We actually find ourselves as leaders not only responsible for our own den activities but also for at least and often two Pack activities. I think it can also swing the other way where we are scaring off potential leaders because they also will have such involved Pack responsibilities.

  3. Heather C Avatar
    Heather C

    I echo Lisa and is the same in our Pack, we all come together to plan our activities. As Cubmaster (and I can safely speak our our Committee Chair) we love input and ideas from others within the Pack – Den Leaders, Parents, and especially the Cubs themselves!

    We have certain things that we always do – Pinewood Derby, Blue & Gold spring and fall family campouts that we know will go on the calendar. The nice thing about those regular events is that the framework is already there and its a matter of adding details depending on who is available and what ideas percolate to the surface. We will ask the Dens for input on the events – “would your den like to take responsibility for one of the meals? What would you like to prepare? What do you want to do while we camp? There’s hiking, boating, etc. available at this site.” And if there are no ideas, we’ll pull it together.

    We also partner with a couple of other small packs and local organizations on events such as a Raingutter Regatta and a fishing derby. This allows us to do some interesting, broader events. We’ve found these packs by networking at Roundtable or groups affiliated with our charter organization.

    When our Den Leaders have ideas I will, as the Cubmaster with help from our Committee Chair, do the legwork for them. Sometimes it’s activities for advancement, others it’s an interest in something. Nothing makes your volunteers feel valued like having their idea validated and included as part of the Pack’s plans.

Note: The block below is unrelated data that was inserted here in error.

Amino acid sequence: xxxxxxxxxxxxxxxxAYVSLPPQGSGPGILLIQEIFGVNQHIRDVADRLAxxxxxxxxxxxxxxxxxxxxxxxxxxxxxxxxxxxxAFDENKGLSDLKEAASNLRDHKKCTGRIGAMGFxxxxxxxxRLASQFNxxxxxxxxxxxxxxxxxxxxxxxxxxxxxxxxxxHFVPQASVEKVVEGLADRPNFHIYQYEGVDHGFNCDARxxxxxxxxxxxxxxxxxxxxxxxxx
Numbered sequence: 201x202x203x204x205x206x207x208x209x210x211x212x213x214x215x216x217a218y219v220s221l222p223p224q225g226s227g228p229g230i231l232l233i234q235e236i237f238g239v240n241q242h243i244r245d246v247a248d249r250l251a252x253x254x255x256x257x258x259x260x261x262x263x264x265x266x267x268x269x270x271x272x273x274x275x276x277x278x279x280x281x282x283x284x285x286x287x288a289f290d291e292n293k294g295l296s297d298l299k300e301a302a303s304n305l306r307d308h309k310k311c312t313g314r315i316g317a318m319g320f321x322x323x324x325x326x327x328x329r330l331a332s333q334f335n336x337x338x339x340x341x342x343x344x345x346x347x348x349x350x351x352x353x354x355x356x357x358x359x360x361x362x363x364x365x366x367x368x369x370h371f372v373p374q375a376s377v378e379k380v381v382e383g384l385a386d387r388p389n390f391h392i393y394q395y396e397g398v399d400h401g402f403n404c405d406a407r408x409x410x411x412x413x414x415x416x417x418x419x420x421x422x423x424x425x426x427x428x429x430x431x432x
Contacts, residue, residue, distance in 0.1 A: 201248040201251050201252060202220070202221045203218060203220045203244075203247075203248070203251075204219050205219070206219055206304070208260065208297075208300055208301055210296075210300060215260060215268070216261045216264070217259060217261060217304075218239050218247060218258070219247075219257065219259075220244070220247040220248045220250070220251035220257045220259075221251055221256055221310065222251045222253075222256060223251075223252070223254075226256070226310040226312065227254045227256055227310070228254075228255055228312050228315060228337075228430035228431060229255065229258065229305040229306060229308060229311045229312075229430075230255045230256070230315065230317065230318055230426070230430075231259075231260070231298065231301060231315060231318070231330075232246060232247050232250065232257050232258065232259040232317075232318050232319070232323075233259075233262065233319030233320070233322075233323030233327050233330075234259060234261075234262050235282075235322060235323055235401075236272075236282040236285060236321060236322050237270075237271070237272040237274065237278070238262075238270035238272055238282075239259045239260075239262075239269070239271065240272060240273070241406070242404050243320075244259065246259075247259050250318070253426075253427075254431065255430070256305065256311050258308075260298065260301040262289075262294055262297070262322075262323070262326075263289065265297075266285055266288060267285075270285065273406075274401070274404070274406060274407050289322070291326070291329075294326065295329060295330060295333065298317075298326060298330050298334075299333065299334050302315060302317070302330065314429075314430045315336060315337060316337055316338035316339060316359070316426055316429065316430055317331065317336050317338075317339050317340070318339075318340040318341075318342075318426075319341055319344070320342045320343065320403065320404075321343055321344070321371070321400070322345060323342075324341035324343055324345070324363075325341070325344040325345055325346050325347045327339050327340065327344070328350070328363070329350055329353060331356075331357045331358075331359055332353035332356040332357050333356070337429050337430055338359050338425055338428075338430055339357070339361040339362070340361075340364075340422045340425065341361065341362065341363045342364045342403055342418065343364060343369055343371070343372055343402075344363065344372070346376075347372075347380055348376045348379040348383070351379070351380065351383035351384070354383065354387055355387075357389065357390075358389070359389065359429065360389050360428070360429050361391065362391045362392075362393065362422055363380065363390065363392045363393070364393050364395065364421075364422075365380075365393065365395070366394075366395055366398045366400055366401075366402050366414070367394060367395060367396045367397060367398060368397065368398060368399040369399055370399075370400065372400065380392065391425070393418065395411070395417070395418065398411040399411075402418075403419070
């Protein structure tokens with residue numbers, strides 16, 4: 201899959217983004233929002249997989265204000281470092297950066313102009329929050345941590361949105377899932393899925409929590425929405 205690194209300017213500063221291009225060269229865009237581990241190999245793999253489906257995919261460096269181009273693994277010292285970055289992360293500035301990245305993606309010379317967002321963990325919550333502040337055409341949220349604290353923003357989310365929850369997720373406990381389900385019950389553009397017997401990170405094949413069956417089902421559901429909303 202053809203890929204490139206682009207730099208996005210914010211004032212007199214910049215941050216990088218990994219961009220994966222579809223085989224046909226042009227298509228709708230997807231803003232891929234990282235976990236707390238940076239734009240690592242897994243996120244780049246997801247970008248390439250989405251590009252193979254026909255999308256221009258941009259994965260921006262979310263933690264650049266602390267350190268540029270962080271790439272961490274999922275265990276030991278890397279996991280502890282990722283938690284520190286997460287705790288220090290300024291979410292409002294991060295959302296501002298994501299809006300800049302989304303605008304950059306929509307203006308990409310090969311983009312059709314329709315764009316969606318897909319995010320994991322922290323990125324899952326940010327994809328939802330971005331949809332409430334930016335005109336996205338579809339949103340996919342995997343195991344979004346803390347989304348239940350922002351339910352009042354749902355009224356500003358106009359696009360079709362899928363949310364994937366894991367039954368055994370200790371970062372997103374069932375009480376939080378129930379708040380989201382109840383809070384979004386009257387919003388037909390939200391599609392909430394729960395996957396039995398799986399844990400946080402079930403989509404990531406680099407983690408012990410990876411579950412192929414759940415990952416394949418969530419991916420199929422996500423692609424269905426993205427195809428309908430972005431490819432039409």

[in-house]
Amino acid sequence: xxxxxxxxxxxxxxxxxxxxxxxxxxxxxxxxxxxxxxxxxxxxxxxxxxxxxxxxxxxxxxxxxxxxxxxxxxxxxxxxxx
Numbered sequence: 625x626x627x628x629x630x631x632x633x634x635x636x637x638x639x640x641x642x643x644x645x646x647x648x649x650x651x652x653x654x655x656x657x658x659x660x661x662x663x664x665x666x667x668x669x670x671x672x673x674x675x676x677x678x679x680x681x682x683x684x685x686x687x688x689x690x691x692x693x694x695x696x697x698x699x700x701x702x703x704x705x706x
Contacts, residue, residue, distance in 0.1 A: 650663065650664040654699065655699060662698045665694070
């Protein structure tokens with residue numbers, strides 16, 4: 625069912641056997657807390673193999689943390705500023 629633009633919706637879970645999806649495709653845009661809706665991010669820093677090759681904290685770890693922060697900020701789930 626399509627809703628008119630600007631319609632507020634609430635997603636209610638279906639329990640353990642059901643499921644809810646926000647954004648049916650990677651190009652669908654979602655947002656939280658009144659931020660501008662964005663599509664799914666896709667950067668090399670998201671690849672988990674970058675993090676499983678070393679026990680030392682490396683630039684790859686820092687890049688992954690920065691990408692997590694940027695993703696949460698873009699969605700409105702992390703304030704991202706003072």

While we do a couple of formal planning meetings a year, I also constantly check in with my dens and families to solicit ideas for activities throughout the year. The saying is true, “Many hands make light work”. People are more likely to get on board and help if it was their idea to begin with.

  4. Cris N. Avatar
    Cris N.

    Unfortunately parents putting their own agendas ahead of the kids is a common issue in Scouts. Its the reason that 2 whole Dens left our 1st Pack for another Pack in town.

    My advice is to go directly to the CM and talk to him/her directly about what you are feeling. Explain that you feel that everyone on the committee deserves to be included in any and all decisions about the Pack. If your COR is actively involved with the Pack you may want to have them sit in on this conversation so they can weigh in. At the end of the day if the situation gets to the point where someone needs to step down, the COR is the only one who has the actual authority to make that happen.

    if things look like they can’t be fixed you should definitely look into switching to a different Pack. All of the parents in my Den agree that making the move to our new Pack was the right choice and is the main reason our Boys have stayed in the program and are looking forward to moving on to Boy Scouts.

    Good luck!